Breast Isn't 'Best'

More anti-breastfeeding bunkum on my Facebook timeline recently, more rambles about the 'breastfeeding nazis', more Facebook bans on people sharing their #brelfies, more attempts to convince us that formula is just as adequate.  Yawn, yawn, yawn.


Earlier on I had cause to turn to the World Health Organisation guidelines on breastfeeding, and thought it was worth re-publishing them here.

Breastfeeding is an unequalled way of providing ideal food for the healthy growth and development of infants; it is also an integral part of the reproductive process with important implications for the health of mothers. As a global public health recommendation, infants should be exclusively breastfed for the first six months of life to achieve optimal growth, development and health.

Thereafter, to meet their evolving nutritional requirements, infants should receive nutritionally adequate and safe complementary foods while breastfeeding continues for up to two years of age or beyond. Exclusive breastfeeding from birth is possible except for a few medical conditions, and unrestricted exclusive breastfeeding results in ample milk production.

This unequivocal statement on the normalcy and huge advantages of being breastfed from birth up to two years, and beyond, may not suit our modern attitudes, but there can be no doubt about the biological advantages.  Whatever the media and formula-funded 'medical' studies may try to convince us otherwise.

Breast isn't 'best', it's optimal, it's normal, it's natural.

It may not always be easy, but if proper help is sought, and offered, breastfeeding will be successful, even in an anti-breastfeeding culture like ours.

Unfortunately, your NHS midwife or breastfeeding support group, your Children's Centre or NCT group are probably not the best places to turn.  Try La Leche League, or for online help advice try  the amazing Dr Jack Newman's site.

Do the best for your babies mamas, you CAN breastfeed!

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Comments

  1. I sought help with breastfeeding from a variety of sources and yet still didn't make it. I had help both over the phone and in person from my community midwife, from my NCT teacher - who was the only one that came round when I was about to have a nervous breakdown - and from the NCT helpline. I phoned the La Leche Legue twice and emailed them once. Both phone calls and the email were ignored. So please don't go saying that you can breastfeed if you seek the right help - I sought help, and found my NCT teacher the most helpful and compassionate, but the help wasn't always so readily available to me as you suggest above.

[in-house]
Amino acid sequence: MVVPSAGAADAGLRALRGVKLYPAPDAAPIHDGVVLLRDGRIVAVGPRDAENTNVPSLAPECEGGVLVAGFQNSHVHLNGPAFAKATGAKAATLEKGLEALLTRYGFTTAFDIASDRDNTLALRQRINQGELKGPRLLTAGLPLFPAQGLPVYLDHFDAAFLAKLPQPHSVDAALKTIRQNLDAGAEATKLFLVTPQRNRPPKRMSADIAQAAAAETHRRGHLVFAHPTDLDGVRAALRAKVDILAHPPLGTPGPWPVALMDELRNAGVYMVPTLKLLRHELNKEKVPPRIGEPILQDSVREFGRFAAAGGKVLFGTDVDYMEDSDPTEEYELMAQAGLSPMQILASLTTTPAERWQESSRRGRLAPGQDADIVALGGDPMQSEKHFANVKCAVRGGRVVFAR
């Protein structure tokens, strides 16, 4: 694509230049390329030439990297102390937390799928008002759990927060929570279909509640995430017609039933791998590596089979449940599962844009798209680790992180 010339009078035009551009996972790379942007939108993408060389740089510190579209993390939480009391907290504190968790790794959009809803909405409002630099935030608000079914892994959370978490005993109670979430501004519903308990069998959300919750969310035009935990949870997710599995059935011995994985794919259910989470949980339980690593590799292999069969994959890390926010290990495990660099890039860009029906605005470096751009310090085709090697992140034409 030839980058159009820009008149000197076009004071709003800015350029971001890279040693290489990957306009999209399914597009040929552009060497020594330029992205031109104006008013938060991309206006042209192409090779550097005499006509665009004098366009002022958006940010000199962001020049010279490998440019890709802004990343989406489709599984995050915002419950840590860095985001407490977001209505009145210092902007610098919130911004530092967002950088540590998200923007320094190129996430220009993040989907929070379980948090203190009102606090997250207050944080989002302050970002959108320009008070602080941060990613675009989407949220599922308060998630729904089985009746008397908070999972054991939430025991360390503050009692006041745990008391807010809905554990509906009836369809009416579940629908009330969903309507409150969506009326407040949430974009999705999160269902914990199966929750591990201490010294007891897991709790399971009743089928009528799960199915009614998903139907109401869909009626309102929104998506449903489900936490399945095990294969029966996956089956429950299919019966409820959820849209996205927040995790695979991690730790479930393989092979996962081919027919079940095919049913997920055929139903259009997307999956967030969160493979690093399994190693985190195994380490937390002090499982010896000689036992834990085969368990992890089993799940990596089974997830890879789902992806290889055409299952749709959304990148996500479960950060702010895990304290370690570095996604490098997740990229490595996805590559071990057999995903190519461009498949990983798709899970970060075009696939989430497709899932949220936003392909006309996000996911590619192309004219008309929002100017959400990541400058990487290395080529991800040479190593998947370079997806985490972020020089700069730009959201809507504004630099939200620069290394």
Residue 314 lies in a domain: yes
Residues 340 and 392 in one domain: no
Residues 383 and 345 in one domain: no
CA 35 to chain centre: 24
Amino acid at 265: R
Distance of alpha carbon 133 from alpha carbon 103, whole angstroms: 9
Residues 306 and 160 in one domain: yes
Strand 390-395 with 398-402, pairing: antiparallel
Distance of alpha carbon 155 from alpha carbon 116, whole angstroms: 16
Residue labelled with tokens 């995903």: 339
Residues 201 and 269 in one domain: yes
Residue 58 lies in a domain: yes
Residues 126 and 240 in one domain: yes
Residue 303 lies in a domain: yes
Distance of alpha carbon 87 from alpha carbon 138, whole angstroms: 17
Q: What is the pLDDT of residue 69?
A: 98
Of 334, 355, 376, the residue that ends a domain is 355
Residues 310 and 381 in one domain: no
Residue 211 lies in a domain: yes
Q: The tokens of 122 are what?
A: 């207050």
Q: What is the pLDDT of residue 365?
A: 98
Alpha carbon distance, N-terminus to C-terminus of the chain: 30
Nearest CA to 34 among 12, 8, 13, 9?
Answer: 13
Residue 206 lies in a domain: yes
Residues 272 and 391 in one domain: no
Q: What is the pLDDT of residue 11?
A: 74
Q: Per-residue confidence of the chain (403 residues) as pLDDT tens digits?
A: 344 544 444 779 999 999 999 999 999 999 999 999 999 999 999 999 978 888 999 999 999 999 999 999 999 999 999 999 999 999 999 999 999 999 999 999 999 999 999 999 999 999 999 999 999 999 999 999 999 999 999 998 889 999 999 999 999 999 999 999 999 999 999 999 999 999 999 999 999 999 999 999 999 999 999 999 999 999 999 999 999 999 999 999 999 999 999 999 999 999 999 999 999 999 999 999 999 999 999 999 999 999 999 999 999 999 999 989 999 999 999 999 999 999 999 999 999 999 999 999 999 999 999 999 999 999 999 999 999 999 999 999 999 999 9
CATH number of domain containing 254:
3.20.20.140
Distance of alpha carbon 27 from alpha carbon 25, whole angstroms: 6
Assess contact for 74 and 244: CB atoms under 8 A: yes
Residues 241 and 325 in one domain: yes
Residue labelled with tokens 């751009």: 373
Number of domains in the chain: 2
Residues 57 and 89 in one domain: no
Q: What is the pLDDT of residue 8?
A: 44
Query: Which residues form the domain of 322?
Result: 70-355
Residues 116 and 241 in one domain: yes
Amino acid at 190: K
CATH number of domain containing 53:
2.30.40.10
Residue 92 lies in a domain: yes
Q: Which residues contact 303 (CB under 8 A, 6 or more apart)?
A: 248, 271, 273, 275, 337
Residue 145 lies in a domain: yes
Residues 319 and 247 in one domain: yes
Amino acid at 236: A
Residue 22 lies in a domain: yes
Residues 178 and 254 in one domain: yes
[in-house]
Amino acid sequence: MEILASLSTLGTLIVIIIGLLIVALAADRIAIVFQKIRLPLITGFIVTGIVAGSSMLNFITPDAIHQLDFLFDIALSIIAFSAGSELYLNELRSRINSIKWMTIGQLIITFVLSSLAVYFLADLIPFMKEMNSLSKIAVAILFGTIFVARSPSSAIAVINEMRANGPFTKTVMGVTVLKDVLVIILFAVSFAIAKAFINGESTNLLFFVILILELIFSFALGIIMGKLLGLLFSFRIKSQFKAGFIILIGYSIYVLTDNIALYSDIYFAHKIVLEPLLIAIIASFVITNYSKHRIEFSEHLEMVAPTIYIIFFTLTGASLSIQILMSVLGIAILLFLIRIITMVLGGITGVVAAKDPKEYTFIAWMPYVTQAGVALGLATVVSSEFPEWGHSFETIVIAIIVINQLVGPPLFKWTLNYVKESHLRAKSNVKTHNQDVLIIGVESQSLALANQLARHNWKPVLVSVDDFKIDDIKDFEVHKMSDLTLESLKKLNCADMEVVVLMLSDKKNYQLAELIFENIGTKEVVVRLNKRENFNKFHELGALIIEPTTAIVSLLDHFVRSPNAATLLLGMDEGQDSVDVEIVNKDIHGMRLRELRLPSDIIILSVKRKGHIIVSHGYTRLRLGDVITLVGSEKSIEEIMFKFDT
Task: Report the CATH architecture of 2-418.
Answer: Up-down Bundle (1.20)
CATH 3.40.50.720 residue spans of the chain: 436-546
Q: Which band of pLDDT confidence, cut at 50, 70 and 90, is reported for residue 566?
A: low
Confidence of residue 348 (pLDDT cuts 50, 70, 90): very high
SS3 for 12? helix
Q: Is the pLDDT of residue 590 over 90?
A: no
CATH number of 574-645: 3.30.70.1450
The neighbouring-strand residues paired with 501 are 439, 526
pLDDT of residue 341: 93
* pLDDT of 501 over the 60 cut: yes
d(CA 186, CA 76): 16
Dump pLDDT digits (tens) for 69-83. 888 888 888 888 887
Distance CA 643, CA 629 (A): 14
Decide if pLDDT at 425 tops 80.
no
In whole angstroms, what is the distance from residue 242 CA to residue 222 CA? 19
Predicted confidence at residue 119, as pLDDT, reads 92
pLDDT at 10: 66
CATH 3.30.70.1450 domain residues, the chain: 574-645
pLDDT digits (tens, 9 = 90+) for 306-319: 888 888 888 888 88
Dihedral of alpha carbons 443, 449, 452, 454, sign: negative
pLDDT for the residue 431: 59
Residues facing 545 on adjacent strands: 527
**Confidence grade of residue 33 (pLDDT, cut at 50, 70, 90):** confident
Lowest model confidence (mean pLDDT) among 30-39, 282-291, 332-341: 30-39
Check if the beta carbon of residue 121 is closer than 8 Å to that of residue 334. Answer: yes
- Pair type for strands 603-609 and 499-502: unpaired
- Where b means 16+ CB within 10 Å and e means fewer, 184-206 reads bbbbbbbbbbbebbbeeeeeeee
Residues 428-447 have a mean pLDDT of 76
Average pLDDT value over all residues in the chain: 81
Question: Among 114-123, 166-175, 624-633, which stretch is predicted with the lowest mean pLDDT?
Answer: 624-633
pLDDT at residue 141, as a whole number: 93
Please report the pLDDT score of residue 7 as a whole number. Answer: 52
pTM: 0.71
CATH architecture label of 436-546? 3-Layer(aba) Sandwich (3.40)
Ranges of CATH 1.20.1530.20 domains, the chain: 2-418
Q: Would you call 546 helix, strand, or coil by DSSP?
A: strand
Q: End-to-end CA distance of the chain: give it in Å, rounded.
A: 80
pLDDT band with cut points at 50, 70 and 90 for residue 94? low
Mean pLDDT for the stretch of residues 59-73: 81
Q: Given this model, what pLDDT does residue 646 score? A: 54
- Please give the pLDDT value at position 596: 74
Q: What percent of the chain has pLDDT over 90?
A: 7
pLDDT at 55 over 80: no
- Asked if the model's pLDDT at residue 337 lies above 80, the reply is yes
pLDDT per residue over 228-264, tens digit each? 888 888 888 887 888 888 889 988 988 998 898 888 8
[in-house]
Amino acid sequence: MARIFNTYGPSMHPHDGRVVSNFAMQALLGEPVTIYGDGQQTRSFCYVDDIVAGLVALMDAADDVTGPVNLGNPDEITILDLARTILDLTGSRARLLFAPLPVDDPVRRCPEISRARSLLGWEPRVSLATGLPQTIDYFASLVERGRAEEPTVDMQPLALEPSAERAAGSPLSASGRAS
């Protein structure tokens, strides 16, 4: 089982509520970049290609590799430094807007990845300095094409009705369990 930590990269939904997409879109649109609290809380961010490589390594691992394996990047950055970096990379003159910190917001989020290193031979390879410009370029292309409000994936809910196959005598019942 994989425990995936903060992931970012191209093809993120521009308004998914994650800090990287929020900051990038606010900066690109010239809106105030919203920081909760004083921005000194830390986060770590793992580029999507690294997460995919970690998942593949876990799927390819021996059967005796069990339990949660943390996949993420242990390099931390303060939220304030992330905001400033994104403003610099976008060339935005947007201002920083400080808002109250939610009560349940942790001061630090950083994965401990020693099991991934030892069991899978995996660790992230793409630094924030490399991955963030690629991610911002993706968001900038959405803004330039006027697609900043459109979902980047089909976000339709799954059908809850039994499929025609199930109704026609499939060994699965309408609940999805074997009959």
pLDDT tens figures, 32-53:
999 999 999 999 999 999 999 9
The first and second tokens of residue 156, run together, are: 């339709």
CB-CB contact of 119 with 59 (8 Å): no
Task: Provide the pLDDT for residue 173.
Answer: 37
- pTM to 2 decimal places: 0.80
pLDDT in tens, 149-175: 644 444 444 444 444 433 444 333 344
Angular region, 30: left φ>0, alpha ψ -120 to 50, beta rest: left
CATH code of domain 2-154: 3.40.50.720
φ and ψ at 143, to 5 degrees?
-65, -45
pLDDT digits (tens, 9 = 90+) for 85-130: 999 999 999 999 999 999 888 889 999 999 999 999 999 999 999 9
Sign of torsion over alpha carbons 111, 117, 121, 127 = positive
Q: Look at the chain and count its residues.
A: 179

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    1. How lovely to hear a positive NCT experience! I'm so glad they were there for you, it sounds like you had a hell of a time Nicola. I always advise mums-to-be to go along to La Leche League meetings in the last few months of their pregnancy as it helps to normalise breastfeeding in the mind, as well as establishing connections that will be useful after the birth. I'm sorry the helpline wasn't there for you when you needed it.

      I dearly wish breastfeeding was normalised in our society and then most of these problems would be eradicated. Allison Dixley's book is really interesting on how mothers are sabotaged, and often unfortunately self-sabotage, before their baby is even born. A lot needs to change.

      http://www.attachmentmummy.com/2015/02/book-review-giveaway-breast-intentions.html

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  2. Beautifully put! Wish more people had access to those words of wisdom. I'm feeding my little boy who is 26 months and feel like I'm a rare species of mother as it don't know of anyone else doing the same.

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    1. Thank you N, always here to support you. We are a rare species, but there are enough of us to join together and make our voices heard. Keep going hun, you're doing an amazing job.

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